- UMD ranked in the Top 5 for 11 different areas of study for minority students
- UMD ranked No. 10-best college for African American students in 2016
- Students at UMD do not feel like the school is inclusive
The University of Maryland, College Park lands a spot as one of the top minority-degree producing universities, emphasizing their effort and ability to educate a diverse student body.
- African American students with Bachelor Degrees in Social Sciences
- African American students with Bachelor Degrees in Foreign Language
- Asian American students with Bachelor Degrees in Education
- African American students with Masters Degrees in Engineering
- African American students with Doctoral in Engineering
One very interesting and phonemail statistic was that UMD was tied for No. 1 nationally for total minority students with doctoral degrees in mathematics and statistics.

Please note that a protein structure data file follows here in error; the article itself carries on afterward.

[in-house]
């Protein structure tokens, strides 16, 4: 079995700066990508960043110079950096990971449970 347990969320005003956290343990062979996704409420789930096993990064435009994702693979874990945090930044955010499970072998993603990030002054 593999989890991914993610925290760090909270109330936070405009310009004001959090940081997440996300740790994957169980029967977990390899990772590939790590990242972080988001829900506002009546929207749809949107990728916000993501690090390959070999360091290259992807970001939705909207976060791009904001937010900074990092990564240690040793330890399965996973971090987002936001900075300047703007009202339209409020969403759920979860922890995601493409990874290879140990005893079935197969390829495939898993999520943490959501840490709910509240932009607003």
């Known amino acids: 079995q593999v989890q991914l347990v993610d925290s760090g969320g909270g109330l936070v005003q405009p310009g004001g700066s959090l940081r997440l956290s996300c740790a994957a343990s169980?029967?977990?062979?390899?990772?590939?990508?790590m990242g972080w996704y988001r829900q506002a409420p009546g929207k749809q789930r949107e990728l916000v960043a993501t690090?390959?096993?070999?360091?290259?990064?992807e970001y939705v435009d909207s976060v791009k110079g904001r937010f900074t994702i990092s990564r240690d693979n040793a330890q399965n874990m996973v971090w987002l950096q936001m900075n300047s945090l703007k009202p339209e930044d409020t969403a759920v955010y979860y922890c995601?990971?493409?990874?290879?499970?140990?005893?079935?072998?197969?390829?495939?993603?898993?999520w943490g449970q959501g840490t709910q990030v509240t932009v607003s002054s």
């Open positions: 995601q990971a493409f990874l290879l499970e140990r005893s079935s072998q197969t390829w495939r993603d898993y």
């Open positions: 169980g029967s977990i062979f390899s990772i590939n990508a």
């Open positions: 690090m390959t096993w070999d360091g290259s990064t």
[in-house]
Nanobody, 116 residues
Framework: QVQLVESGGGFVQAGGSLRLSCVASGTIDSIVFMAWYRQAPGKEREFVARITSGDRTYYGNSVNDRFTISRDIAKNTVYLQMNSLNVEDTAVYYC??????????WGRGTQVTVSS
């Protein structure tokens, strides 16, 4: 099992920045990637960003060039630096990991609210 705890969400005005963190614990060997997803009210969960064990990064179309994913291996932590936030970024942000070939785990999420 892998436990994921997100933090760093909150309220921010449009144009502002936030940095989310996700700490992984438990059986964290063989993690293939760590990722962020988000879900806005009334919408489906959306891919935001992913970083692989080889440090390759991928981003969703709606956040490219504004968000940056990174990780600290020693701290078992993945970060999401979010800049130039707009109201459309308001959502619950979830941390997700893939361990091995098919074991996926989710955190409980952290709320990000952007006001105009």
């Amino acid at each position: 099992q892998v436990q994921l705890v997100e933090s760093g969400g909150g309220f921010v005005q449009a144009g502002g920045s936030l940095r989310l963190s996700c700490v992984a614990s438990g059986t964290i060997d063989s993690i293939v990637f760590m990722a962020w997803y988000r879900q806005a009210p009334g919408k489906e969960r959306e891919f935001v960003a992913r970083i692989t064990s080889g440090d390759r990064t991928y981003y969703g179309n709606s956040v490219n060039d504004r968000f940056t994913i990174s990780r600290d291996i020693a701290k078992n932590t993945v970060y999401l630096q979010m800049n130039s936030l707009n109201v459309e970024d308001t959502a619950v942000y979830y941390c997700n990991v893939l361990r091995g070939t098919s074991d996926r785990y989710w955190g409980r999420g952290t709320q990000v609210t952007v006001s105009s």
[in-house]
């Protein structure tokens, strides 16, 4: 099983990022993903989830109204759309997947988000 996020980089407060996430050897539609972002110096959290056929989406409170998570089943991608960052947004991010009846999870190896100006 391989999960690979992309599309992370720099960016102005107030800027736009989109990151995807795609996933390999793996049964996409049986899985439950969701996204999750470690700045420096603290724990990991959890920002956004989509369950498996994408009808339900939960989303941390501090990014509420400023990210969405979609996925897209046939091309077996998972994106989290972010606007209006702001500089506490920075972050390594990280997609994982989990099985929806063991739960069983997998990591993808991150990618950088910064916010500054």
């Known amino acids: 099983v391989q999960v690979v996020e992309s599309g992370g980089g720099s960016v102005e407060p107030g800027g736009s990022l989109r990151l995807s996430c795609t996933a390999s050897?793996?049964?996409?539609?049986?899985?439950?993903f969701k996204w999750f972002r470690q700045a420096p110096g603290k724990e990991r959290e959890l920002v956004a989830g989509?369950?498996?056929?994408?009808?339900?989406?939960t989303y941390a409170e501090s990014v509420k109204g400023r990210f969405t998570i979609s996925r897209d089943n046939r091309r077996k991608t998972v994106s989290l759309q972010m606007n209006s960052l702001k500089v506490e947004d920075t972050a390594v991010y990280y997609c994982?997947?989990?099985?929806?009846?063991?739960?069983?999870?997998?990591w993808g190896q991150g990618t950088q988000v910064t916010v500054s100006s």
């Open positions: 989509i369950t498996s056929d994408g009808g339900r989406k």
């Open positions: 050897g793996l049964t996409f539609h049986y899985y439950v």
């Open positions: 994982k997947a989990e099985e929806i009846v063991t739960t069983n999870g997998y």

According to Kristen Sabot at UMD Right Now, "UMD is known as a national leader in closing the achievement gap. Nearly one-fourth of UMD's undergraduates are underrepresented ethnic minorities and 40 percent have identified themselves as students of color, with close to 13 percent identifying as African Americans."
Studies at the University also show that the schools boasts one of the highest graduation rates in the nation for underrepresented minorities: 77.4 percent for African Americans and 79.9 percent for Hispanic students.
|University of Maryland student body demographics as of Fall 2016|
Although the University boasts about being one of the best degree-producing schools in the country for African American students, there is still an effort to be made about not only diversifying the campus, but making it inclusive as well.
"The campus definitely needs work in terms of bringing people together and making everyone inclusive," said senior Journalism major Chelsea Jones. "Being from Prince George's County and having the school here, they need to work on being more open about diversity and there needs to be more discussion."
In a statement made by University of Maryland President Wallace Loh, he said, "Diversity helps every student on campus. In this global economy, our graduates will be expected to collaborate on the job as part of diverse teams.